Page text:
What to do when a loved one dies

If you're the executor of a loved one's estate, there are crucial tasks to handle before involving an attorney when they pass away.

July 10, 2023

When someone we love passes away, the last thing on our minds is dealing with the legal matters that come with it. However, if you’ve been chosen as the executor of their estate, there are some important things you should take care of before involving an attorney.

First, carefully read the will to understand the wishes of the deceased. Then, gather important documents such as bank account records, home loan information, tax numbers, and vehicle registrations. Keep all these documents organized because they will be needed to compile the Liquidation and Distribution account.

Next, notify the relevant institutions mentioned above and any other parties who may have an interest in the estate. Provide them with a certified copy of the death certificate. After that, you need to report the estate at the Master’s Office, where you will be given various forms to complete. You can either handle these forms yourself or work with an attorney of your choice.

At this point, you can decide whether to hand over all the gathered information to the attorney and let them handle the remaining tasks, or continue working alongside the attorney to settle the affairs of your loved one and fulfil their final wishes.

The Legal Lowdown

Losing a loved one is one of the most heartbreaking parts of the human experience and while processing your grief, the last thing one might want to deal with are the legalities if you are named executor of the estate.

So where do you begin? Consulting a legal practitioner who specialises in Estate Administration is always the first prize.  Before you meet with them, here are a few things to consider. First the Estate must be reported to the Master of the High Court in the following ways:

  • Start by going to the website www.doj.gov.za/master or www.justice.gov.za/master and search for the tab: Master: Estates;  where you can access all the different forms required.
  • A completed death notice (Form J294) which you may request at the Master’s office, or download it from the websites above, requires you to complete all personal details of the deceased. This form, along with the death certificate and/ or a certified copy of the death certificate, as well as the original will, if there is a will, must be submitted to the Master’s office.
  • It would be advisable to compile a list with an estimate of the value of the assets that belonged to the deceased at the date of death.
  • This entire process of compiling the above documents is known as reporting the estate to the Master of the High Court, and must be done by hand within 14 days of the date of death, by any person having control or possession of any property or documents, such as the original will or a document they believe was intended to be the will.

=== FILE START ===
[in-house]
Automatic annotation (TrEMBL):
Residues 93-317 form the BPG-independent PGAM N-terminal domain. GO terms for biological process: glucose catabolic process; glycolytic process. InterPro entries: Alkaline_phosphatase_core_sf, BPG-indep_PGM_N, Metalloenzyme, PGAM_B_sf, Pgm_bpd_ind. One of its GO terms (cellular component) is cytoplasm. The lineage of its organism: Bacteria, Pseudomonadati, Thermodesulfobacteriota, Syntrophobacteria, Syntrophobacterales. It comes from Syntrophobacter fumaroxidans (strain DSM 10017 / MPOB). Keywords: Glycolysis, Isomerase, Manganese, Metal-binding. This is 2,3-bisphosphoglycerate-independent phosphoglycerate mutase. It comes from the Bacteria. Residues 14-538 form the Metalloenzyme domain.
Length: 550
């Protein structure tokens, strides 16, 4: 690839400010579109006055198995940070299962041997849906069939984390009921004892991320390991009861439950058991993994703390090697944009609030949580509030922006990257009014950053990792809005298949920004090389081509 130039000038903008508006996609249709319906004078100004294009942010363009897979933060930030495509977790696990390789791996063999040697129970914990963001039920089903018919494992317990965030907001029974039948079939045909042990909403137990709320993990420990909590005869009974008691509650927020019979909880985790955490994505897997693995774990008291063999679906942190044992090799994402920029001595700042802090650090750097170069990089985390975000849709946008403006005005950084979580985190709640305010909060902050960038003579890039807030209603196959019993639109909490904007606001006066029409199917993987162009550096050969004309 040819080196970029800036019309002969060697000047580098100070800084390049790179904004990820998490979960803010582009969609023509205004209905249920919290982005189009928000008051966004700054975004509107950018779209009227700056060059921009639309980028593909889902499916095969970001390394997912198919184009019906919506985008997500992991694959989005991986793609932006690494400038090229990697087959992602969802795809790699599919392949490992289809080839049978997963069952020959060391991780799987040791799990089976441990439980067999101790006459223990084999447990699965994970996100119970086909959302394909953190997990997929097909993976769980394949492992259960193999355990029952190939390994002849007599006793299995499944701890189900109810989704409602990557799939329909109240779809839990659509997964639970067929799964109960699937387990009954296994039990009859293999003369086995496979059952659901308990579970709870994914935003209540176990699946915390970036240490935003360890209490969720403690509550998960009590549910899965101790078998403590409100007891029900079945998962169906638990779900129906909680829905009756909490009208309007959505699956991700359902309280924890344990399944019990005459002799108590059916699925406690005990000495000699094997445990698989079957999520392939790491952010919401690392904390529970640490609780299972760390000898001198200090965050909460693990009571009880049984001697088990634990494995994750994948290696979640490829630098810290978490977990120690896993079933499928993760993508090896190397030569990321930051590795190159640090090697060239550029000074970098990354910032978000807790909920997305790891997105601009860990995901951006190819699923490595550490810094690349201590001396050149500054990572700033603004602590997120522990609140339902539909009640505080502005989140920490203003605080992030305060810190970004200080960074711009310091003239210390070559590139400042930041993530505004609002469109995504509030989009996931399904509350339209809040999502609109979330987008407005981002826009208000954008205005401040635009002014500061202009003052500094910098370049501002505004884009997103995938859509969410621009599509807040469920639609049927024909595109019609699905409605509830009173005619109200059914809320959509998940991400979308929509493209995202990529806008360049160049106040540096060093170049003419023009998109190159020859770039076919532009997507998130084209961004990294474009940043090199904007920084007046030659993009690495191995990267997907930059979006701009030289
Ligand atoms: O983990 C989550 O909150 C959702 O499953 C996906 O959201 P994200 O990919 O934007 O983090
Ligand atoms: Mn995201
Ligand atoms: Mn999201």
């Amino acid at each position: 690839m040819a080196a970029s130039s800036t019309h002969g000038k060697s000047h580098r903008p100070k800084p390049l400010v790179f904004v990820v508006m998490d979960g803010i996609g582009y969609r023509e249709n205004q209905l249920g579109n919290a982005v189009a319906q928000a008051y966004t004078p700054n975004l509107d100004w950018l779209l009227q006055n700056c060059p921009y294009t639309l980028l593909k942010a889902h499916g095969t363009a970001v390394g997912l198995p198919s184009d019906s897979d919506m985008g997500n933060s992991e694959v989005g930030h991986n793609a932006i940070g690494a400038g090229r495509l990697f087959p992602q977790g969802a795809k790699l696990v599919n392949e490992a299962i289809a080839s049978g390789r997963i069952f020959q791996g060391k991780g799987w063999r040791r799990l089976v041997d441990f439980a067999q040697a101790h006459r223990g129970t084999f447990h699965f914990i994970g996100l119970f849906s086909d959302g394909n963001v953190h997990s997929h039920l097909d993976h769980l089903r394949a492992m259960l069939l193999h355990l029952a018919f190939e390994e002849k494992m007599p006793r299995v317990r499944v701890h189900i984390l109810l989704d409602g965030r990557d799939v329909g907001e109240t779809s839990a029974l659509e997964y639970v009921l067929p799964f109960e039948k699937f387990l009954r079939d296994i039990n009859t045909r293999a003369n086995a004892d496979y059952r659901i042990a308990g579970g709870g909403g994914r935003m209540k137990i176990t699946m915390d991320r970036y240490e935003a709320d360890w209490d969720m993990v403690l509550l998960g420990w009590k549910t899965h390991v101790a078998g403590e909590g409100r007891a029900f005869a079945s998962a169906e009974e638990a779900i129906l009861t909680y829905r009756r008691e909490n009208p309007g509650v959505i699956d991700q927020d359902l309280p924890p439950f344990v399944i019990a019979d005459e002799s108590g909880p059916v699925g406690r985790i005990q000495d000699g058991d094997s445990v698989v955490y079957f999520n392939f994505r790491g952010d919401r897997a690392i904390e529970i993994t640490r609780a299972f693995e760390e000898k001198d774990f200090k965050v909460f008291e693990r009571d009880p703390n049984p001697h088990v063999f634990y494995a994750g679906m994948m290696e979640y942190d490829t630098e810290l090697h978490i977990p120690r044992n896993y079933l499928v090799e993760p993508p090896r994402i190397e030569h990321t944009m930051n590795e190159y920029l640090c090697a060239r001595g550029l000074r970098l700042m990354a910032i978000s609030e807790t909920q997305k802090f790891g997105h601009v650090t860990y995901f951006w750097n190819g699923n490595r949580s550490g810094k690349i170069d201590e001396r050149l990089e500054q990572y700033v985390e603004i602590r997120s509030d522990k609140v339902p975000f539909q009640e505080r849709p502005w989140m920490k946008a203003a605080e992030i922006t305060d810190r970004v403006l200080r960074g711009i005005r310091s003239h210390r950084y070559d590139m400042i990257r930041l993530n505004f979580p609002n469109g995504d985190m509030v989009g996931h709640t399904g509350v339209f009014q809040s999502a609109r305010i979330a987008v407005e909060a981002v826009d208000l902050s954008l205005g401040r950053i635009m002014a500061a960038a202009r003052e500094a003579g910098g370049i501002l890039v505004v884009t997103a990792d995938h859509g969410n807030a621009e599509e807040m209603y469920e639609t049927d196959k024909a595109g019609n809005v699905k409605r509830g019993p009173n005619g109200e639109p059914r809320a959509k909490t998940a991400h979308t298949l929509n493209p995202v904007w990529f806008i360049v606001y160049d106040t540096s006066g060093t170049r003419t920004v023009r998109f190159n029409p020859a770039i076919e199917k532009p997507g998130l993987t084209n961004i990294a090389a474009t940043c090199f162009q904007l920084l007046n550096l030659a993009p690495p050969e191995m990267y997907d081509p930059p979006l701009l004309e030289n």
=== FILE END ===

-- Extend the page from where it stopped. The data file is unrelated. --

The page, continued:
• The Master may request additional documents to be handed in when reporting the estate, which would be advised to keep on hand to avoid further delays.  These include:
  1. The nominated executor/s along with certified copies of their ID/s,
  2. Next of Kin’s Affidavit, along with Marriage Certificate and Antenuptial Contract (if applicable) or Divorce Order,
  3. Covering letter to the Master that accompanies the reporting of the Estate.  This is usually completed by an attorney who will be assisting you in your role as executor.

When all the above is submitted, the Letters of Executorship will be issued by the Master of the High Court, which essentially shows all interested parties that you have been given authority to represent the Estate, distribute and dissolve it. While one waits for the Letter of Executorship to be issued, it would be advisable to start collecting all documents (title deeds, home loan accounts, rates accounts, motor vehicle registrations, bank accounts etc) that belonged to the deceased and filing them for purposes of the distribution.

Next up is to contact all of the deceased’s creditors, debtors, bankers, SARS, short term and long term insurances, mortgagees and furnish them with a copy of the certified death certificate. Most of these institutions will formally respond only once furnished with a Letter of Executorship, so it is advisable to initiate communication with the assistance of a legal practitioner.  If you cannot afford one, the Master will refer you to Legal Aid, until such a letter is received.

Once the Letter of Executorship is issued, the attorney assisting you can suggest valuators to evaluate all assets and liabilities, that will be liquidated and distributed in the form of a Liquidation and Distribution account.  This will determine if the estate is solvent for purposes of distributing its assets, according to the wishes of the deceased.

As this is a very technical step, although being nominated as executor, it is advisable to leave this part to an attorney or accountant, to leave no room for error. At this point, one can finally concentrate on the grieving process as you will have professional help to facilitate and realise your loved one’s last wishes.


https://www.justice.gov.za/master/deceased.html (accessed 15 June 2023 12:36pm).

https://www.kiplinger.com/article/retirement/t021-c032-s014-how-to-perform-the-duties-of-executor-of-an-estate.html (accessed 15 June 2023 2:45pm).

Corbett Hofmeyer Kahn: The Law of Succession in South Africa, 2nd Edition.

Written by Deonalin Pongolani

Moderated and approved by Clive Smith

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